Prosecutors have not brought a case under the Racketeer Influenced and Corrupt Organizations Act, or RICO, against Wall Street traders since the investment firm Princeton Newport Partners was indicted in the mid-1980s. The RICO charges filed recently against three traders at JPMorgan Chase indicate that prosecutors may be resurrecting the law to target white-collar defendants.
Prosecutors accused Michael Nowak, who was the head of precious metals trading at the bank, along with Gregg Smith and Christopher Jordan, of organizing the precious metals desk as a RICO enterprise to engage in “spoofing,” as well as wire and bank fraud in which JPMorgan and its customers were the victims
“Spoofing,” which was made a crime by the Dodd-Frank Act, happens when traders are “bidding or offering with the intent to cancel the bid or offer before execution.” By building the case around RICO instead of just commodities manipulation charges, federal prosecutors are trying to avoid the problems they have had convincing juries in other cases that canceling orders is enough to prove a crime.
In 2018, a jury in Connecticut acquitted Andre Flotron, a precious metals trader at UBS, of spoofing charges. Prosecutors failed to prove that a trading strategy that involves canceling orders is enough to show an intent to spoof and not just the ordinary conduct of many traders. In many cases, the parties on the other side of the transactions were computers following trading algorithms rather than individuals who might be fooled by misleading orders.
The indictment of the three JPMorgan traders laid out a classic spoofing case, in which fake orders are intended to mislead the market. But rather than frame the case as just a commodities fraud, the prosecutors are using RICO to try to show that the defendants misled JPMorgan and defrauded customers of the bank by costing them money on their trading strategies.
The case is built around the traders’ goal of “maximizing trading profits and minimizing trading losses” for the precious metals desk and then concealing their “unlawful activities” from JPMorgan and the Commodity Futures Trading Commission. The indictment describes a scheme in which the defendants entered a “genuine” order, which was also called an “iceberg” order because the total amount sought was not obvious. The defendants then entered layers of “deceptive” orders that were much bigger than their genuine orders to “inject false and misleading information about the genuine supply and demand for precious metals futures contracts into the markets,” it said.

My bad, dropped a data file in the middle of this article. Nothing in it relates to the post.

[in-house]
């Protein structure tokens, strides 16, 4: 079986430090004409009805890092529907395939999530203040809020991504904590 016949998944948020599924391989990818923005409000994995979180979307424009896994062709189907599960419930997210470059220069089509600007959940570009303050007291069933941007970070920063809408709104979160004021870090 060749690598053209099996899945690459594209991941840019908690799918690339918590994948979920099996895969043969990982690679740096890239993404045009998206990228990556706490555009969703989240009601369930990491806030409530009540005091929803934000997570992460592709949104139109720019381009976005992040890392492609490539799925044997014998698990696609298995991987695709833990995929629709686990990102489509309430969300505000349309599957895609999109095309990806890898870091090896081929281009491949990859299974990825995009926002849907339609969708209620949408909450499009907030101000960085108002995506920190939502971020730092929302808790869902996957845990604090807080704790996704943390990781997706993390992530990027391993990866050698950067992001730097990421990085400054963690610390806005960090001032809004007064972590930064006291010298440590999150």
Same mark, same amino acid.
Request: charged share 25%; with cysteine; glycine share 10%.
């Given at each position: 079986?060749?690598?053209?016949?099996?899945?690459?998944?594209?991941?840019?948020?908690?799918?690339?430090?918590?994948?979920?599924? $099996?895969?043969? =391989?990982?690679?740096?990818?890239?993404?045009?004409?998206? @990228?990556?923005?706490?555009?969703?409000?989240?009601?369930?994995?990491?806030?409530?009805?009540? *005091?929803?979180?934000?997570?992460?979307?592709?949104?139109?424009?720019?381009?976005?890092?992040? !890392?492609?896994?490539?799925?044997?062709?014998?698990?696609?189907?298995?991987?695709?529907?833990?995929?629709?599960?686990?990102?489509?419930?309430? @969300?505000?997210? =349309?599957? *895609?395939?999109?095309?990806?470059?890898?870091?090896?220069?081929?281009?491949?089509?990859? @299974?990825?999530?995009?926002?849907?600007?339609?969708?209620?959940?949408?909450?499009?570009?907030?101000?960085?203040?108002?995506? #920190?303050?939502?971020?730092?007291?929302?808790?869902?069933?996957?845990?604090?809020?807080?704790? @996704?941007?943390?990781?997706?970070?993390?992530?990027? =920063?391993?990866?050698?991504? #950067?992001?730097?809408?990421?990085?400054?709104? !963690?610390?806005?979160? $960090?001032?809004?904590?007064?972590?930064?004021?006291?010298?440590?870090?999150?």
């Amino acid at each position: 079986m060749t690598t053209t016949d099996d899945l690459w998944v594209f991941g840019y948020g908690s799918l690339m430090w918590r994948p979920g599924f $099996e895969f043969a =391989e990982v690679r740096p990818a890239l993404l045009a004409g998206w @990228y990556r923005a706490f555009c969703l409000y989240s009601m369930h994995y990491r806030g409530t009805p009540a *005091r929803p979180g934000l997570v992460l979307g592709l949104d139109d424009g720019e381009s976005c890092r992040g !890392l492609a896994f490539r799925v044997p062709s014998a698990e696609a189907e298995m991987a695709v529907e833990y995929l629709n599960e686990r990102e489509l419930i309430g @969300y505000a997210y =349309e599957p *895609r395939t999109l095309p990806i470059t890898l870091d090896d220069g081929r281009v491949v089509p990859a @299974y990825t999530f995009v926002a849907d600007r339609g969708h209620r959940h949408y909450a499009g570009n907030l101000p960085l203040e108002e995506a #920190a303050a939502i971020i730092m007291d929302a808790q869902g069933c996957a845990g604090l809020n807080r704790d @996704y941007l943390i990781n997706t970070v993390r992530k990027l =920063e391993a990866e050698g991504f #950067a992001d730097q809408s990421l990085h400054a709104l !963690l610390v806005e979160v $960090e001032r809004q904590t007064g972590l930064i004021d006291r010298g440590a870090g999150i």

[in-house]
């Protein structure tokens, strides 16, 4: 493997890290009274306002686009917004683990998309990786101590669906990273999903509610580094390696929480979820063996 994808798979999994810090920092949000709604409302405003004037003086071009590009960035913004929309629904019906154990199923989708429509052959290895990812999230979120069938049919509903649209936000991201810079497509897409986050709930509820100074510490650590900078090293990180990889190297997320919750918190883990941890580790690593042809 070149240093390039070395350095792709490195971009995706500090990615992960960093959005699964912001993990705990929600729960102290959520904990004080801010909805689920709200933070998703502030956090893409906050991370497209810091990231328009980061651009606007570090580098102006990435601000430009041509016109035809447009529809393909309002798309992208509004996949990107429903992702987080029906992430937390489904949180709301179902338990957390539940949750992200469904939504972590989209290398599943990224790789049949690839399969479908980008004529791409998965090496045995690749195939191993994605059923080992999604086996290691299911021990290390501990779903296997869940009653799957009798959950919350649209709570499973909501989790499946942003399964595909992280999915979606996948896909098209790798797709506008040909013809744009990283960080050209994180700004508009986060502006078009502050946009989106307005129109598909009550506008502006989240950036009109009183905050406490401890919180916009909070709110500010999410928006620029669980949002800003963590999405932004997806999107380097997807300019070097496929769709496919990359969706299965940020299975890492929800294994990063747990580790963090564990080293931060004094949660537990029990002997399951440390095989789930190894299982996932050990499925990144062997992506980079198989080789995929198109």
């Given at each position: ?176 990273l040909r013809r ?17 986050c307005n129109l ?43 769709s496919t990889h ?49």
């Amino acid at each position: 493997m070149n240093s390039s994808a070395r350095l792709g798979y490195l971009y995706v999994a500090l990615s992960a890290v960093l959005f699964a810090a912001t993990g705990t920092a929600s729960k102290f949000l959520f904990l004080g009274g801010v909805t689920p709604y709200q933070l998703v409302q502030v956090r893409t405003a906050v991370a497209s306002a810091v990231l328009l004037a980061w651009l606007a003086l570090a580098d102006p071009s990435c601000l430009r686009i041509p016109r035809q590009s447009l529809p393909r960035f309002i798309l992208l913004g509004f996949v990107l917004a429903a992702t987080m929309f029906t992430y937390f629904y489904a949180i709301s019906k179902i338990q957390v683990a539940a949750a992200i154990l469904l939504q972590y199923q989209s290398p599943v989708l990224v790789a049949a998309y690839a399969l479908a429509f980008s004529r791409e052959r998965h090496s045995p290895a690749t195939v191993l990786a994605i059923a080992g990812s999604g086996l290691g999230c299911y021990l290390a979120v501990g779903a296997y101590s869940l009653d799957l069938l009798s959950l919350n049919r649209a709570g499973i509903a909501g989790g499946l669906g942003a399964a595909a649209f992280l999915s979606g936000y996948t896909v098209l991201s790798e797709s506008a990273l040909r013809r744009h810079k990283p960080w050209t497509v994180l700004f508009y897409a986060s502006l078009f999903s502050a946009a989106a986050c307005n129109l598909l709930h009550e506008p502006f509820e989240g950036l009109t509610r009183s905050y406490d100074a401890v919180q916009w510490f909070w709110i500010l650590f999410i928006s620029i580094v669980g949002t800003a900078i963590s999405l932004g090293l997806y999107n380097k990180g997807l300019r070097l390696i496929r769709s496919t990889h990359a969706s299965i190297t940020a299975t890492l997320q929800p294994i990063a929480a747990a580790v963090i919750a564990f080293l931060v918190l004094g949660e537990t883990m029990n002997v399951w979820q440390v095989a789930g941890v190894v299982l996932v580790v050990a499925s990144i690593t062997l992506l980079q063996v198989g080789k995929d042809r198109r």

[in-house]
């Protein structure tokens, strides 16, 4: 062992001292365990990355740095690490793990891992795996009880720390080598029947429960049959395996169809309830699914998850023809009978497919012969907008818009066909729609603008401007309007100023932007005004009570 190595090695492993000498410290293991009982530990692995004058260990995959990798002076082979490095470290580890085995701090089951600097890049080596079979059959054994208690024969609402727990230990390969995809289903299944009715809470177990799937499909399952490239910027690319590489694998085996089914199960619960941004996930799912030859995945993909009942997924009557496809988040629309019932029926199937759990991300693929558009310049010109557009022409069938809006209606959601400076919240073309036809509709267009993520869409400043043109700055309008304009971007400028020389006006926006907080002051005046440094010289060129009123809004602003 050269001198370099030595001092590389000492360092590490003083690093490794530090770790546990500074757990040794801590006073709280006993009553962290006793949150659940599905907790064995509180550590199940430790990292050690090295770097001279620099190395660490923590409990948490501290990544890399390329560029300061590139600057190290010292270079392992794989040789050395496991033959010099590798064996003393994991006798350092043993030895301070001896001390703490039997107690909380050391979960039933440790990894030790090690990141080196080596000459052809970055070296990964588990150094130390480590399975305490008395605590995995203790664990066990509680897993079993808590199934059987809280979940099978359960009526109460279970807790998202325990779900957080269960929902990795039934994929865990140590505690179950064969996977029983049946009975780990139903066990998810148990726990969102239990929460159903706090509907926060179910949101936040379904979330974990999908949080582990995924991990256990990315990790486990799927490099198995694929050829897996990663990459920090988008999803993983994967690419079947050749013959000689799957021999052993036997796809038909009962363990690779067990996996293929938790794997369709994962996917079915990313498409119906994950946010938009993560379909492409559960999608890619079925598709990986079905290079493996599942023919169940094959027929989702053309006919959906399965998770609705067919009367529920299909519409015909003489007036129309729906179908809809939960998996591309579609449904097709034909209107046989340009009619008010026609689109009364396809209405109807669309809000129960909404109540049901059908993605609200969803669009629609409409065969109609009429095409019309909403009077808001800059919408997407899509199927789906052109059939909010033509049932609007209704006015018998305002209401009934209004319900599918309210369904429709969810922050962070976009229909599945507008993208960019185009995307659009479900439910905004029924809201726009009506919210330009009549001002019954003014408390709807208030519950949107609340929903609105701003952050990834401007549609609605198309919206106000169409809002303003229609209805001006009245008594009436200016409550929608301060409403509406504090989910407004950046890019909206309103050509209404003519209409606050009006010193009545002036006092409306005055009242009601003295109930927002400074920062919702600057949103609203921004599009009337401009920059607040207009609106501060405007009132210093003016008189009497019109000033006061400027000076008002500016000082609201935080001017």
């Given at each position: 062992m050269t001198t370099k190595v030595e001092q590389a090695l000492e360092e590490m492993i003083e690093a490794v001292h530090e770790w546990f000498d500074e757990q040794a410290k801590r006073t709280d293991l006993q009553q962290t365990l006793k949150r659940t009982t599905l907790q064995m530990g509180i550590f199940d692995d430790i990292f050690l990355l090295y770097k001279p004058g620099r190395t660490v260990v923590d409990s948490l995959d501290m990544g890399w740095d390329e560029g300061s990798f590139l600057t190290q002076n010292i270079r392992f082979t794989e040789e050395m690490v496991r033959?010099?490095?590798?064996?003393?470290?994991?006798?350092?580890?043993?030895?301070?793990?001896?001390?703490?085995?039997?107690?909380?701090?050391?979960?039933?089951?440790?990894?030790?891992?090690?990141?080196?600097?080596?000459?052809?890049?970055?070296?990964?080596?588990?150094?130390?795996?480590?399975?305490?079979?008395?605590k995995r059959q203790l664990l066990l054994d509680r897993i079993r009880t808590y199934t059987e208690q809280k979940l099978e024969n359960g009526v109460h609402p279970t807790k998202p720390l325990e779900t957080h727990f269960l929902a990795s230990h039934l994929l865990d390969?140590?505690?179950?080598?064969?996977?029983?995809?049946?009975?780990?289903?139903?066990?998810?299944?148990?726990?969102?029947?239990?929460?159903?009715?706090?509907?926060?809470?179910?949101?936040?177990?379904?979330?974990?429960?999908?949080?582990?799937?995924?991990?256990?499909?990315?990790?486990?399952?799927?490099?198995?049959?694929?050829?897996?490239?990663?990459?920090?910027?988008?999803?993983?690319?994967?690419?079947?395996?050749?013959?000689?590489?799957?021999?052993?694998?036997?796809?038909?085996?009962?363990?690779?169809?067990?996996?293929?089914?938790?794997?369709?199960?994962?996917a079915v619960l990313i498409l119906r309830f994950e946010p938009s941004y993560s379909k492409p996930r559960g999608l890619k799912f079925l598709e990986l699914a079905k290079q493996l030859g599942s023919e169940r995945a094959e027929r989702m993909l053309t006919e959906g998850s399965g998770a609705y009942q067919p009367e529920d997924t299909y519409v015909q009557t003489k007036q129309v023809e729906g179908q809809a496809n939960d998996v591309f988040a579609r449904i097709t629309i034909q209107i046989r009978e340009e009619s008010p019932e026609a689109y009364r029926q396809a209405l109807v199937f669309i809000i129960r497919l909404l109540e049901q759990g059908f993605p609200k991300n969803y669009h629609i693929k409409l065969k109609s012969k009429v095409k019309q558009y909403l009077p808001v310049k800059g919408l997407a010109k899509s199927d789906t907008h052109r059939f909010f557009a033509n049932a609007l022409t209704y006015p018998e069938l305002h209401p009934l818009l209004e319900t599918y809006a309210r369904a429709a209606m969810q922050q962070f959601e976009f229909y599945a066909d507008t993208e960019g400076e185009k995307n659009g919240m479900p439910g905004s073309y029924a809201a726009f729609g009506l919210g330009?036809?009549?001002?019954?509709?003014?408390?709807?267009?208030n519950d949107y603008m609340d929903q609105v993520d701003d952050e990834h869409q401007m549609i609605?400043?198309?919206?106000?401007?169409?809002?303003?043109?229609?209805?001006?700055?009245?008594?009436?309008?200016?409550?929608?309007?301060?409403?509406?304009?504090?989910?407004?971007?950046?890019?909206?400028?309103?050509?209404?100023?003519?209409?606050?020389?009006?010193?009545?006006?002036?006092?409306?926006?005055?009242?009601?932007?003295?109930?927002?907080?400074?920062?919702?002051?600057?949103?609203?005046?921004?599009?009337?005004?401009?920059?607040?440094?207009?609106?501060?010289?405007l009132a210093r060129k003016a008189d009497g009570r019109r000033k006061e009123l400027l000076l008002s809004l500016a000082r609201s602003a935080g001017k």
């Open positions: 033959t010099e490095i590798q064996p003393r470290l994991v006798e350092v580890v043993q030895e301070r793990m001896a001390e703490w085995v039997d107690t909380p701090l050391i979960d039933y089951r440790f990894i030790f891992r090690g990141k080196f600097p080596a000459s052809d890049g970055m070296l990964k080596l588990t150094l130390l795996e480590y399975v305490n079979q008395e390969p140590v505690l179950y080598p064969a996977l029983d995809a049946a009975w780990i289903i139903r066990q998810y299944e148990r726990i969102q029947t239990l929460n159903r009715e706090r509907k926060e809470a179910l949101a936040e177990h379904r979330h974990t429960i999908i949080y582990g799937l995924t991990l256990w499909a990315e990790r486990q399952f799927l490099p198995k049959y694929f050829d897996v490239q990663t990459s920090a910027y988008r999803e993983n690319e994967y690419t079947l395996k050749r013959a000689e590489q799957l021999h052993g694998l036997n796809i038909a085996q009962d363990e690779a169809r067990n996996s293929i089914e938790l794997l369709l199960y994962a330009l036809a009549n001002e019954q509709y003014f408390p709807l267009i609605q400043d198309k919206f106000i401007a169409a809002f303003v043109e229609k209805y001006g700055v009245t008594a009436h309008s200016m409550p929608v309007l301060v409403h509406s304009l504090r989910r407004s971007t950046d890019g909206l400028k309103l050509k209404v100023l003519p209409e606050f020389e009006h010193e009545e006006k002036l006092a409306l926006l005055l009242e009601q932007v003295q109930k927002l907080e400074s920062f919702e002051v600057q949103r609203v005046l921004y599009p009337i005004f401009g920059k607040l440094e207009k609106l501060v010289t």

Prosecutors have two cooperating witnesses, John Edmonds and Christian Trunz, to help explain how the reported spoofing was accomplished and how JPMorgan was misled. Their testimony could be helpful in framing the case for the jury as one involving deception and not just spoofing.
Proving a RICO conspiracy charge is never easy. The government must show that the precious metals desk constituted an “enterprise” used to engage in wrongdoing and that both JPMorgan and its customers were deceived by the orders.
The indictment notes that on some occasions the defendants were unable to cancel orders quickly enough, and some of the deceptive orders were filled. The defense may use that to argue that they were not trying to spoof the market but were just using different order strategies to earn profits.
Making this a case about wire and bank fraud rather than just spoofing may give it a greater appeal to a jury. Any misstatements the defendants made to JPMorgan, along with how they were able to generate greater profits through the deceptive orders, may be enough to convince a jury that they were engaged in systematic wrongdoing. But the RICO conspiracy will make this a much more complicated case than a simple spoofing charge.
While RICO hasn’t been used to prosecute Wall Street trading in decades, it was used against top executives at Insys, an opioid company, who were found guilty of racketeering in May 2019.
The case against the JPMorgan traders may become a template for future spoofing prosecutions. That may send a very chilling message to those who try to spoof the markets.